Thanks to artists like Flume, supersaws have become a very popular sound in EDM. Making a great supersaw isn’t as easy as choosing a saw wavetable and cranking the Unison. There’s a lot of tricks you can use to make that sound more exciting. In this article I’ll show you what you can do inside Xfer Serum to make your supersaw stand out.
1. Use both oscillators for different octaves
Serum has two wavetable oscillators, so I like to use one for lower frequencies and transpose the second oscillator one octave up. I use the B oscillator for rich, harmonic frequencies, while the A oscillator makes sure there’s enough lower frequencies.
2. Use „Stack” for upper harmonics
„Stack” is a hidden Serum function in the „Global” tab. It allows you to transpose some unison voices up and down, so that one oscillator plays more than one octave. I like to use this option on the B oscillator to create rich upper harmonics. The „12 (1x)” setting transposes some unison voices up one octave and creates very nice harmonics.
3. Use „Bend +” warping to make sawwaves square-ish
Sometimes it’s nice to change the sound of the sawwave into more of a square wave. There’s an easy way of doing it - pick „Bend +” in the warp selector on an oscillator and adjust the warp knob. If you want to apply more warp settings now, you can use the „Render Oscillator” option from the Menu in the upper right corner of the synth.
4. Use „Sync” warping to create upper harmonics
If I’m in need of even more upper harmonics on the B oscillator, I throw in some „Sync” warping. Low „Sync” values are perfect for adding harmonic content. Combine this with the „Stack” option and there may be no need to add a noise oscillator - Osc B alone is going to create enough high frequency content.
5. Use Multiband Compression
Serum’s Compressor has a „Multiband” mode, which is great for adding „OTT”-type compression to supersaws. Here’s how to use it. First, crank the „Mix”. I like to work with the Compressor while fully hearing what it’s doing. I keep all other knobs other than the „Threshold” all the way down. This way the Compressor isn’t actually compressing the sound much, it’s just giving the supersaw a bit of extra character. Now all you need to adjust is the first „Threshold” knob - mess around and achieve a sweet spot for yourself.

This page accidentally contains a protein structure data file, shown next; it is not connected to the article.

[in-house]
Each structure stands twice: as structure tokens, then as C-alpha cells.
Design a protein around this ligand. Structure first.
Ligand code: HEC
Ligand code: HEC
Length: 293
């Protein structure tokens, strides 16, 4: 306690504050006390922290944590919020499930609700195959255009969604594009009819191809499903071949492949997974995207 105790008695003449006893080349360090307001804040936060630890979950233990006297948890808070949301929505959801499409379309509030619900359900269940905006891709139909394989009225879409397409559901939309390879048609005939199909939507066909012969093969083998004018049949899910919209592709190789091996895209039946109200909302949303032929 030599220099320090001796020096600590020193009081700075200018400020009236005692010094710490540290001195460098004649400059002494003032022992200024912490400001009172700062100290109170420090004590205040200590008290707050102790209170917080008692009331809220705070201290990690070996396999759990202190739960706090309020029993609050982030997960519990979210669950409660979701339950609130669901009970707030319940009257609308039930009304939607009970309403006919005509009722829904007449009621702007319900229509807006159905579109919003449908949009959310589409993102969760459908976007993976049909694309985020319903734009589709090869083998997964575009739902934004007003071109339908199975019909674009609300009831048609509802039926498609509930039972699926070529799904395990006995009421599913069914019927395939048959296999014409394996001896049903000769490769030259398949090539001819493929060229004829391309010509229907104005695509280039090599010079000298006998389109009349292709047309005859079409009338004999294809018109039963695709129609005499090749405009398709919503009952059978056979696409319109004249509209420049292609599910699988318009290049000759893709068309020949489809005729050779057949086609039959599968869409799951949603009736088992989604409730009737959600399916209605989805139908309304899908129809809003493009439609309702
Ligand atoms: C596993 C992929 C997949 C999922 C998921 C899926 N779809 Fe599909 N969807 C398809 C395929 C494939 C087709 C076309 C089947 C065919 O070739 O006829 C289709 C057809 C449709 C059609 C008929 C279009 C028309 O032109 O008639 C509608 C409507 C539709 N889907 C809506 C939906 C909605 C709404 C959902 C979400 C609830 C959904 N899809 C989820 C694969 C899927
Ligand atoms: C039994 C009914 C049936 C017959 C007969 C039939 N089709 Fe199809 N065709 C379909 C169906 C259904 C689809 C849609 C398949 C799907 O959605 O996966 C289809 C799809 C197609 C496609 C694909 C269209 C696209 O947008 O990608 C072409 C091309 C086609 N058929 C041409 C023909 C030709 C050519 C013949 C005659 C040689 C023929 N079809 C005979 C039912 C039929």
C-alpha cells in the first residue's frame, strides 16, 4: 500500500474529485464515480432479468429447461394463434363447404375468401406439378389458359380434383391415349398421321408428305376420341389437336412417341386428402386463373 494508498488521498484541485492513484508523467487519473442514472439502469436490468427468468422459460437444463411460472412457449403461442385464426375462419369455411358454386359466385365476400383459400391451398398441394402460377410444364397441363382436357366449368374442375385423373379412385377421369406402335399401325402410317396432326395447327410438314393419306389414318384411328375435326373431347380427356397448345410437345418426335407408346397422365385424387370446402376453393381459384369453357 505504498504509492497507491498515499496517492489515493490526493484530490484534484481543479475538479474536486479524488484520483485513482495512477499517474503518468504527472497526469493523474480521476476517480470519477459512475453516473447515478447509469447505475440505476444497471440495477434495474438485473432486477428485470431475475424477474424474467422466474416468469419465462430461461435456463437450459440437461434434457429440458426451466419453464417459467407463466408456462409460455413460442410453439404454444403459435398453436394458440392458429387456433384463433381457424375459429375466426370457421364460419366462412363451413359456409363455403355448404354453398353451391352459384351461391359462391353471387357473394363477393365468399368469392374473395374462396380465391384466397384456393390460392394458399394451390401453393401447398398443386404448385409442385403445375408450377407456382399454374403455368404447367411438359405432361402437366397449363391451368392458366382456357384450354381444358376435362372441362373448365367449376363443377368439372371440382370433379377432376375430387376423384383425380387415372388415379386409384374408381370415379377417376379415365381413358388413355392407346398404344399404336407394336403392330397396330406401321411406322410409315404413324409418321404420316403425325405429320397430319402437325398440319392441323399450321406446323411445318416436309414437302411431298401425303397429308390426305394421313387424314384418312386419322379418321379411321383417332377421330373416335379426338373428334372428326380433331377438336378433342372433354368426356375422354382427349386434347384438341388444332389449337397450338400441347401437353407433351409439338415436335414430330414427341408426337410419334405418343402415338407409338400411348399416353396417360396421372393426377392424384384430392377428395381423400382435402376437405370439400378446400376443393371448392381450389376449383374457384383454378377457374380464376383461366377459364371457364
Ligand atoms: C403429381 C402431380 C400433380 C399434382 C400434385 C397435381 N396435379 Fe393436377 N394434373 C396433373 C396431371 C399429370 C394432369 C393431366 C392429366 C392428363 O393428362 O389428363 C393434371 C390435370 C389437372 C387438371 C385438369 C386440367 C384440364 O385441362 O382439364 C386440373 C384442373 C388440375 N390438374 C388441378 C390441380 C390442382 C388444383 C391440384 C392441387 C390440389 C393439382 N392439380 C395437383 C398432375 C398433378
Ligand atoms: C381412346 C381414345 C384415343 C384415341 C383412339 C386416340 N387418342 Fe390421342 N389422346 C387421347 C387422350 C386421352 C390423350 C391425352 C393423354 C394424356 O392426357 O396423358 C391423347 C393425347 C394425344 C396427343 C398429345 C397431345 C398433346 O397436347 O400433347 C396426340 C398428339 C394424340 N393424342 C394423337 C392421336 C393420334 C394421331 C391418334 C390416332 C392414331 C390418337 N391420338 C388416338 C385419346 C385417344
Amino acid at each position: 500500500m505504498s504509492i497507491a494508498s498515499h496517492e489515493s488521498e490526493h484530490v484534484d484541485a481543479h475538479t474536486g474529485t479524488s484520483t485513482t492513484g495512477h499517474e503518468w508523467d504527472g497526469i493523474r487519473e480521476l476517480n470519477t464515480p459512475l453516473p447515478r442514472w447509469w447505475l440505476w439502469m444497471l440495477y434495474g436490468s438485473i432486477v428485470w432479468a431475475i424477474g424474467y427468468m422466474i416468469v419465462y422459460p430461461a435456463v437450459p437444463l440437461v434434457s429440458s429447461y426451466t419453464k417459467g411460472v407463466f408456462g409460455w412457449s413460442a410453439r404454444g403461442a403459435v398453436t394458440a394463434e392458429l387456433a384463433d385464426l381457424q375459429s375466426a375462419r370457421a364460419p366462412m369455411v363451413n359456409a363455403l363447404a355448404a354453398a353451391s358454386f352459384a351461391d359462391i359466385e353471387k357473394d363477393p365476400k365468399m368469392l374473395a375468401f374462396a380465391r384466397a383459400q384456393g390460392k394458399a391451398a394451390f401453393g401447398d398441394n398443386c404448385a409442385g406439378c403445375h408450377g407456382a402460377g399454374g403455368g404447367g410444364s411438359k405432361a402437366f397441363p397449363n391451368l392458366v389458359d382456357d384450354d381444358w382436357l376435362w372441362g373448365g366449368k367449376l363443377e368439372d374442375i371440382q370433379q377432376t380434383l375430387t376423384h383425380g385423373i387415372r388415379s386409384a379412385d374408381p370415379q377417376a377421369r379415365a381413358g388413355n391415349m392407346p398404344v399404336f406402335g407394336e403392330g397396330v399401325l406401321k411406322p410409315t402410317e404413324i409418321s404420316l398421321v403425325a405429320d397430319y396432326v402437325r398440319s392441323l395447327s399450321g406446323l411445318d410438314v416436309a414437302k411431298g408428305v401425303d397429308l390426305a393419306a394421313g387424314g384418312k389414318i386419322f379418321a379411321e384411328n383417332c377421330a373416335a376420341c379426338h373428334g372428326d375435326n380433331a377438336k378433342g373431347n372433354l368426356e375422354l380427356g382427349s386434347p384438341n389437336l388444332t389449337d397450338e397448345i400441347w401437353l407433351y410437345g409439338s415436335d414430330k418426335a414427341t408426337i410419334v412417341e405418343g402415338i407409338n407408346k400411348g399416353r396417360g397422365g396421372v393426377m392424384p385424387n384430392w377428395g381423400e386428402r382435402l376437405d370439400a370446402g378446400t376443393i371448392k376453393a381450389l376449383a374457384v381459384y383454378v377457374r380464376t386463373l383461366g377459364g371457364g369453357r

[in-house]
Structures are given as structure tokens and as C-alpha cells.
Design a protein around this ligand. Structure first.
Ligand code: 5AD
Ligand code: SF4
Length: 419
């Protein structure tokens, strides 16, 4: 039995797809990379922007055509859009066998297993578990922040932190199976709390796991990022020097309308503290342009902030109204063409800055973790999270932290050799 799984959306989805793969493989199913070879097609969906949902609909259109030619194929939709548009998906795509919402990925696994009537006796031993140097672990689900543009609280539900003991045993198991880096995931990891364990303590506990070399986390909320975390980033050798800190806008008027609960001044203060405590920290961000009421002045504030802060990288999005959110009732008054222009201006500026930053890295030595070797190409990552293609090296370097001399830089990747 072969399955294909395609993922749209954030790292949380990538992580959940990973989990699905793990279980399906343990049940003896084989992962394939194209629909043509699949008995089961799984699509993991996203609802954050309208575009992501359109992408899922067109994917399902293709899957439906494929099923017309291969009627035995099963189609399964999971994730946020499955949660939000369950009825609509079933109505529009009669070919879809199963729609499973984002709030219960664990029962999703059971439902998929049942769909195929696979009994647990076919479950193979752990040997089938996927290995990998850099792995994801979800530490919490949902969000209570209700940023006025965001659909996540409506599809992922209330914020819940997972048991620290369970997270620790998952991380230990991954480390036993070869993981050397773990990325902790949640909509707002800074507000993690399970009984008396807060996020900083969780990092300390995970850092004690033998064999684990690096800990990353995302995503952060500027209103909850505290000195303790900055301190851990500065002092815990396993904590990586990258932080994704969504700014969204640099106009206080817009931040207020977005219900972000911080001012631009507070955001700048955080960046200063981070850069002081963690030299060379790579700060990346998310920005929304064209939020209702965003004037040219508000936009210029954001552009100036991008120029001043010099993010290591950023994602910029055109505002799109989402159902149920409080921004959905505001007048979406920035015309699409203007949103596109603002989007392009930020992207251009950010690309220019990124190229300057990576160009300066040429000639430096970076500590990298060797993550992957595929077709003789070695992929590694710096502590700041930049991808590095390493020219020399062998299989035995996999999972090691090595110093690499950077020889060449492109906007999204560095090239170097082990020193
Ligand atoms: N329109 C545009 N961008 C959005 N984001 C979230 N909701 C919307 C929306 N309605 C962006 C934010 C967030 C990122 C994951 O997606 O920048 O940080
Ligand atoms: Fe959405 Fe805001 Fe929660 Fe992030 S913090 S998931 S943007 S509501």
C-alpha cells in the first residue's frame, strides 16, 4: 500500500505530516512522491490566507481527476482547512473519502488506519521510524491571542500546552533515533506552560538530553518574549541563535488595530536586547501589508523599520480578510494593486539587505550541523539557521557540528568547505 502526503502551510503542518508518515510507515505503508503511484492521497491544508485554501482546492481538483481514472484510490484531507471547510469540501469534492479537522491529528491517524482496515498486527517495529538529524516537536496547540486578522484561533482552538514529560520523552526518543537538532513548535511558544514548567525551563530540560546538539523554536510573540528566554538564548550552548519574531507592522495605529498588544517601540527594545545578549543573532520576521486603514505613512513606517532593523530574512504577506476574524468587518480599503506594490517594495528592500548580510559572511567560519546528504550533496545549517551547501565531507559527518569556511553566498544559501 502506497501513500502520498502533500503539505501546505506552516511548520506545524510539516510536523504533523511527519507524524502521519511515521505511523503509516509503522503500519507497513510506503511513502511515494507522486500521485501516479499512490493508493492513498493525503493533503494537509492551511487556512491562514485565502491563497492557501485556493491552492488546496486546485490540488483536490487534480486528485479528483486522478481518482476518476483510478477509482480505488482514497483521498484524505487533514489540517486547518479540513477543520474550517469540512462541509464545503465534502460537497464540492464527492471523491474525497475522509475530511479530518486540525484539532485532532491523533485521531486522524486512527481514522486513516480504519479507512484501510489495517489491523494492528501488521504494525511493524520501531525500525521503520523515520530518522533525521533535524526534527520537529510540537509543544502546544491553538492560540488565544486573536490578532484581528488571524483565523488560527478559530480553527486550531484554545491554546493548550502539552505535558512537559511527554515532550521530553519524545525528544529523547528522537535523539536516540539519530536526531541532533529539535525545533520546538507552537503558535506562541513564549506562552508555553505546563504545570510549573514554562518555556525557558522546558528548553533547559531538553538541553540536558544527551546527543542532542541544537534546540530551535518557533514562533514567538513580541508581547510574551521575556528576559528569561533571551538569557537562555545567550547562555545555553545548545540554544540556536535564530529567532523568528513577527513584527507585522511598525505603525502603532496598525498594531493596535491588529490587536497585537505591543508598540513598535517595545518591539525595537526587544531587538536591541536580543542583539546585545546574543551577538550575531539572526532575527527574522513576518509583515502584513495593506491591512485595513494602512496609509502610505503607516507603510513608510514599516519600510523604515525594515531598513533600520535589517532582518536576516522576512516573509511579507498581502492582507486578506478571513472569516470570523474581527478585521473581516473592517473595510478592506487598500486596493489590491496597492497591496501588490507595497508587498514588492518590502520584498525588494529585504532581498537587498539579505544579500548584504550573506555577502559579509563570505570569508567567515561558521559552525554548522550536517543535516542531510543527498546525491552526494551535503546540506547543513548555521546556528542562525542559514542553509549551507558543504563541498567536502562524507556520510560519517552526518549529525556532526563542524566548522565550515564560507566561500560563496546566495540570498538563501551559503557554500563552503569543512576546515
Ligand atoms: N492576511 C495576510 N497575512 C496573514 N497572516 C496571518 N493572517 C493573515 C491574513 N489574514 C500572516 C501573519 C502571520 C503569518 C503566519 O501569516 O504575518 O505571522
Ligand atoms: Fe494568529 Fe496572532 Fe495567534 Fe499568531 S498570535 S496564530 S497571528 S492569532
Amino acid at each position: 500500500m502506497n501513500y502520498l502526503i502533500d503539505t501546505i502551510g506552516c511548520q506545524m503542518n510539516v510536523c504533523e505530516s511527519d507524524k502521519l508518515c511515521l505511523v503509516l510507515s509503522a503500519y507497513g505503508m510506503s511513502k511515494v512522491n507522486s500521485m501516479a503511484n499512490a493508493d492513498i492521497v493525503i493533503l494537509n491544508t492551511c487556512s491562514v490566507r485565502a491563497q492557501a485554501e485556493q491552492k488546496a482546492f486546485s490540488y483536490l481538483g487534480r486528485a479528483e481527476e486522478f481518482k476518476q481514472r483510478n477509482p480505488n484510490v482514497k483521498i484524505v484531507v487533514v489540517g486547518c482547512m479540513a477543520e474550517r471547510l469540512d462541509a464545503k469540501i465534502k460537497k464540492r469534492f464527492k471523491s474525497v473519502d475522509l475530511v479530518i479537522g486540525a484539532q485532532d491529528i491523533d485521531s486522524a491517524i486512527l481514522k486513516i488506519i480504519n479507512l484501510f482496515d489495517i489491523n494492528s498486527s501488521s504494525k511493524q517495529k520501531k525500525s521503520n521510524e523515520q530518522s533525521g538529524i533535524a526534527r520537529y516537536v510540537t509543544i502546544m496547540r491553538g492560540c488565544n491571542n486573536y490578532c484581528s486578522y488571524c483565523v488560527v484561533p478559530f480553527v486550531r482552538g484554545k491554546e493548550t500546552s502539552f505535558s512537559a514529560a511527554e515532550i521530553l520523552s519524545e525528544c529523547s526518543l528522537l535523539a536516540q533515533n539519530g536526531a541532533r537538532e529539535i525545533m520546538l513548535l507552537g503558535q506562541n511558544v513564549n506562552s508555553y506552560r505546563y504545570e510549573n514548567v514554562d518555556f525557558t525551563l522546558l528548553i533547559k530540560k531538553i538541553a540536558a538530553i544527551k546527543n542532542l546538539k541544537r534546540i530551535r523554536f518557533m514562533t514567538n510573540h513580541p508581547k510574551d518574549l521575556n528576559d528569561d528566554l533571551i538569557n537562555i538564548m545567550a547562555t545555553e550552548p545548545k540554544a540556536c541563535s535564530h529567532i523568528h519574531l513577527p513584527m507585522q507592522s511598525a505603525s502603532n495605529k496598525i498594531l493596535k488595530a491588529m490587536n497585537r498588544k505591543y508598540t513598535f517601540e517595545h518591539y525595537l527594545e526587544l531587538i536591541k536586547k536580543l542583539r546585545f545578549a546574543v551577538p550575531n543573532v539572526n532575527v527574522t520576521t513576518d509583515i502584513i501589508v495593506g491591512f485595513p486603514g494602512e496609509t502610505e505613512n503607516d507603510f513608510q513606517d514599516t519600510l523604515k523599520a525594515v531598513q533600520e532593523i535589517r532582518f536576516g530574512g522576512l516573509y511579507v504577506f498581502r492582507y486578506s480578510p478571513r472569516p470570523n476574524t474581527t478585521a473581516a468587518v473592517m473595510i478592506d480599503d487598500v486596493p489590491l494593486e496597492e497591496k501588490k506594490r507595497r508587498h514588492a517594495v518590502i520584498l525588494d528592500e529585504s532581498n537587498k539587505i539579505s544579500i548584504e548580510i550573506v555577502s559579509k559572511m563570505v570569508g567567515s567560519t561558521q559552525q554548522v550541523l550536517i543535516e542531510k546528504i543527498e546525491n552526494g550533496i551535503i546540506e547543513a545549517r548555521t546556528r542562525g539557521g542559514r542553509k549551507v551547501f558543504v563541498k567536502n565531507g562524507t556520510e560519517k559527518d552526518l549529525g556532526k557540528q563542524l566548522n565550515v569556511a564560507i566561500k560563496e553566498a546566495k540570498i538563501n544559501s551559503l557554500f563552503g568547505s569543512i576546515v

6. Map „Envelope 1” to the „Mix” knobs on FX
Some effects, like Dimension may give you unwanted delays. To avoid that, you can simply map Envelope 1 to the Mix knob. Env 1 controls the volume of the synth, so it should cut off any unwanted delays after the release time. You can use this function even with Reverb - sometimes it’s nice to add a splash of wide reverb, but to avoid the reverb tail, you can use this tip.
7. Add character to the sound by using Chorus and Flanger
If you’re in need of an original sound, try using Chorus or Flanger. Chorus can give you a wide, detuned sound, while Flanger can be used to add a bit of wobbly spark to high frequencies. These effects, used in moderation, may have a very nice impact on the sound.
8. Add Hyper and Dimension to make the sound bigger
Hyper is an effect which can multiply the sound into a few unison voices and detune them. This can result in a very big and detuned sound, but if you don’t go crazy with the Rate and Detune, you can actually improve your supersaw by a lot. Dimension is pretty similar - it works by adding short delays to the sound. Keep the Size low and map Env 1 to the Mix knob to avoid hearing delay.
9. Use subtle Delay to add Haas effect
This tip is very optional, because there may be no need to add width to your supersaw if you’ve already made it big with other effects. If in some case your supersaw is still not wide enough, try to add Haas effect with Delay. Keep the Feedback all the way down and turn off BPM & Link. Now delay one channel by a few milliseconds more than the other one. If the effect is set to „Normal” and you’ve picked enough frequencies with on the filter panel, you should hear your sound get wider as you turn up the Mix.
10. Use EQ to polish up the sound
Serum’s EQ may not be the greatest EQ ever made, but it’s certainly useful for supersaws. All you pretty much need is two curves - one highpass curve to cut excess low end, and another one to boost high frequencies. This step is very important - most supersaws boost the high end by a lot. Excess low end may also need to be removed, so that it doesn’t clash with the bass, or to make the supersaw sound a less heavy.
Bonus tip: Boost high frequencies with Filter’s lowpass curve
Sometimes I find that the Filter’s lowpass curve is ideal for adding very nice, airy top end. I like to choose the „MG Low 6” curve, go all the way up with the Cutoff and adjust the Resolution. This gives me a lot of control over how airy the synth is.
All of these effects can be applied to one instance of Serum to make one, huge sounding patch. Bear in mind that layering is also very cool - you have a lot more options of creating interesting sounding supersaws when you do that. I just think that layering is not necessary - you can achieve an awesome sounding supersaw with just one synth.
This is exactly how I achieved the supersaw in our project file - Shipwrecked. I applied all of these tips to the supersaw, and it turned out great. Check out the project file here!
Thanks for checking out this article. I hope you found something useful!
About the author:
I’m a music maker who likes to share his experiences with other producers. I regularly show up with tutorials, articles & project files at PML.
Skype lessons with me: http://bit.ly/pml_s_one2one